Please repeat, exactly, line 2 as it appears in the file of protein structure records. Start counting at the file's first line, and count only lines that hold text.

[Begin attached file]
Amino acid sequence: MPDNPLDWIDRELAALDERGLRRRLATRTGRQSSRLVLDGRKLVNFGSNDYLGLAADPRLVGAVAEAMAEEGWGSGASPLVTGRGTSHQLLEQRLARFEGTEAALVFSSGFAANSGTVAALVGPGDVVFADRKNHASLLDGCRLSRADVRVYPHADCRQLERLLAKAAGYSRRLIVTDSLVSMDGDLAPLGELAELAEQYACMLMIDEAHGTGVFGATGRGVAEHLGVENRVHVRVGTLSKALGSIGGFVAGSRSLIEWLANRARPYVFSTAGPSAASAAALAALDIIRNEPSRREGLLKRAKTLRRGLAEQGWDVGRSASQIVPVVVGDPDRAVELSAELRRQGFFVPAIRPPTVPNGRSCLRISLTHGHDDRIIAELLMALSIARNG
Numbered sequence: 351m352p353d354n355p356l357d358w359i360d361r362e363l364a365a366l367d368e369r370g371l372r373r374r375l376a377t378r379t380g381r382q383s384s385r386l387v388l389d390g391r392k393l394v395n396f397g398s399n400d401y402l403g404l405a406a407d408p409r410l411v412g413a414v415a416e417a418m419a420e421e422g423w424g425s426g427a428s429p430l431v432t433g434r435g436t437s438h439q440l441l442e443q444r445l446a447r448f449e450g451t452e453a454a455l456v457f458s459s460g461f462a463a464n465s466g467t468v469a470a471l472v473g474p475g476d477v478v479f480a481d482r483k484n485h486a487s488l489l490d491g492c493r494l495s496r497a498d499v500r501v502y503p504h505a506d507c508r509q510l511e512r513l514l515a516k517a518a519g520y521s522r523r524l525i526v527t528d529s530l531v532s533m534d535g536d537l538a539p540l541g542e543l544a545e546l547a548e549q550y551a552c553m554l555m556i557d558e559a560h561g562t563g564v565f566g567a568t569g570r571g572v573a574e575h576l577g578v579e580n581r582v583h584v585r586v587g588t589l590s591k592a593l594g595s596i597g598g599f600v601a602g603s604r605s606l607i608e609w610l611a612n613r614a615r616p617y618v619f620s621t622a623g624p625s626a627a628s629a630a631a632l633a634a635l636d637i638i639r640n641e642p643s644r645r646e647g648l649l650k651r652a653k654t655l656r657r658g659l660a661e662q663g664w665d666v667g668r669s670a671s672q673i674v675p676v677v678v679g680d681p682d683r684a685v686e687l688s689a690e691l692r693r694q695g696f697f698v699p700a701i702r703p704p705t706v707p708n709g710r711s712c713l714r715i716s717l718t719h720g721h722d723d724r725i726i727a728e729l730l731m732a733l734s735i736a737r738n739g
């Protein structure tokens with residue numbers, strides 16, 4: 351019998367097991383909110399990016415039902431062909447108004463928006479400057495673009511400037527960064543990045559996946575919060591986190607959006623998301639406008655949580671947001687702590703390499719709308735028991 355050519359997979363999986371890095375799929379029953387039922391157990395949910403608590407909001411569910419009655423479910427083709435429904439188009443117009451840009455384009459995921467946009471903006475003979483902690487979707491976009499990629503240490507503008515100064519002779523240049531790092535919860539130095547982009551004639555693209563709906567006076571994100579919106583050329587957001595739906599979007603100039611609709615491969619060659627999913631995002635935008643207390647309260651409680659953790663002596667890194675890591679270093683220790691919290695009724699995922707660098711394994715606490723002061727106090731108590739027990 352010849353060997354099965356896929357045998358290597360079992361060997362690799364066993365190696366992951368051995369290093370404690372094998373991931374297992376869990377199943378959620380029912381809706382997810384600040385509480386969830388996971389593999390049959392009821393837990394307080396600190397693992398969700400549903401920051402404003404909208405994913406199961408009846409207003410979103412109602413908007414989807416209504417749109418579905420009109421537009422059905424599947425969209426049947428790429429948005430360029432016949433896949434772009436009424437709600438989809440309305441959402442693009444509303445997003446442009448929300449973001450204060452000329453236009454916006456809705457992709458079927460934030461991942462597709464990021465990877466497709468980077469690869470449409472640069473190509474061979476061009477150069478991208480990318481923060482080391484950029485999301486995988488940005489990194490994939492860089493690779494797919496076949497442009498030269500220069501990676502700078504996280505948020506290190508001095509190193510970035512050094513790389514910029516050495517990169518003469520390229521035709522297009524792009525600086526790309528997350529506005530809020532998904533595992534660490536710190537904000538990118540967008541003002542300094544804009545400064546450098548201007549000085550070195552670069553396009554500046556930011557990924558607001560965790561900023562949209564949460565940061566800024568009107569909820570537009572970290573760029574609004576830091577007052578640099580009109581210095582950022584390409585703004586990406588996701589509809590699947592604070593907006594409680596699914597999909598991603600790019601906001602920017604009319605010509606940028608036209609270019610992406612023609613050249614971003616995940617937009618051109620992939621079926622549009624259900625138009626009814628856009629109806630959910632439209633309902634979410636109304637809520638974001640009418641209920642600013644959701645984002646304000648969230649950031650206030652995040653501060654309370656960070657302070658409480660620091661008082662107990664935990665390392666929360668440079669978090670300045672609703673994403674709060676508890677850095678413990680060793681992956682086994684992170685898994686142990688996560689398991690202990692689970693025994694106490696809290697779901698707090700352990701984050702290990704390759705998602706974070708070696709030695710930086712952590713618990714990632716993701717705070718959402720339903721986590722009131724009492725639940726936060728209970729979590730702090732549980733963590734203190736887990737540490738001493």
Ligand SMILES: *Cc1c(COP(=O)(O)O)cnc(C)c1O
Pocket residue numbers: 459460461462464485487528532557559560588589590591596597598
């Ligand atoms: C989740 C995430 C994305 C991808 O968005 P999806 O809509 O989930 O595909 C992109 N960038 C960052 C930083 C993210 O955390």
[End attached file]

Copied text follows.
Numbered sequence: 351m352p353d354n355p356l357d358w359i360d361r362e363l364a365a366l367d368e369r370g371l372r373r374r375l376a377t378r379t380g381r382q383s384s385r386l387v388l389d390g391r392k393l394v395n396f397g398s399n400d401y402l403g404l405a406a407d408p409r410l411v412g413a414v415a416e417a418m419a420e421e422g423w424g425s426g427a428s429p430l431v432t433g434r435g436t437s438h439q440l441l442e443q444r445l446a447r448f449e450g451t452e453a454a455l456v457f458s459s460g461f462a463a464n465s466g467t468v469a470a471l472v473g474p475g476d477v478v479f480a481d482r483k484n485h486a487s488l489l490d491g492c493r494l495s496r497a498d499v500r501v502y503p504h505a506d507c508r509q510l511e512r513l514l515a516k517a518a519g520y521s522r523r524l525i526v527t528d529s530l531v532s533m534d535g536d537l538a539p540l541g542e543l544a545e546l547a548e549q550y551a552c553m554l555m556i557d558e559a560h561g562t563g564v565f566g567a568t569g570r571g572v573a574e575h576l577g578v579e580n581r582v583h584v585r586v587g588t589l590s591k592a593l594g595s596i597g598g599f600v601a602g603s604r605s606l607i608e609w610l611a612n613r614a615r616p617y618v619f620s621t622a623g624p625s626a627a628s629a630a631a632l633a634a635l636d637i638i639r640n641e642p643s644r645r646e647g648l649l650k651r652a653k654t655l656r657r658g659l660a661e662q663g664w665d666v667g668r669s670a671s672q673i674v675p676v677v678v679g680d681p682d683r684a685v686e687l688s689a690e691l692r693r694q695g696f697f698v699p700a701i702r703p704p705t706v707p708n709g710r711s712c713l714r715i716s717l718t719h720g721h722d723d724r725i726i727a728e729l730l731m732a733l734s735i736a737r738n739g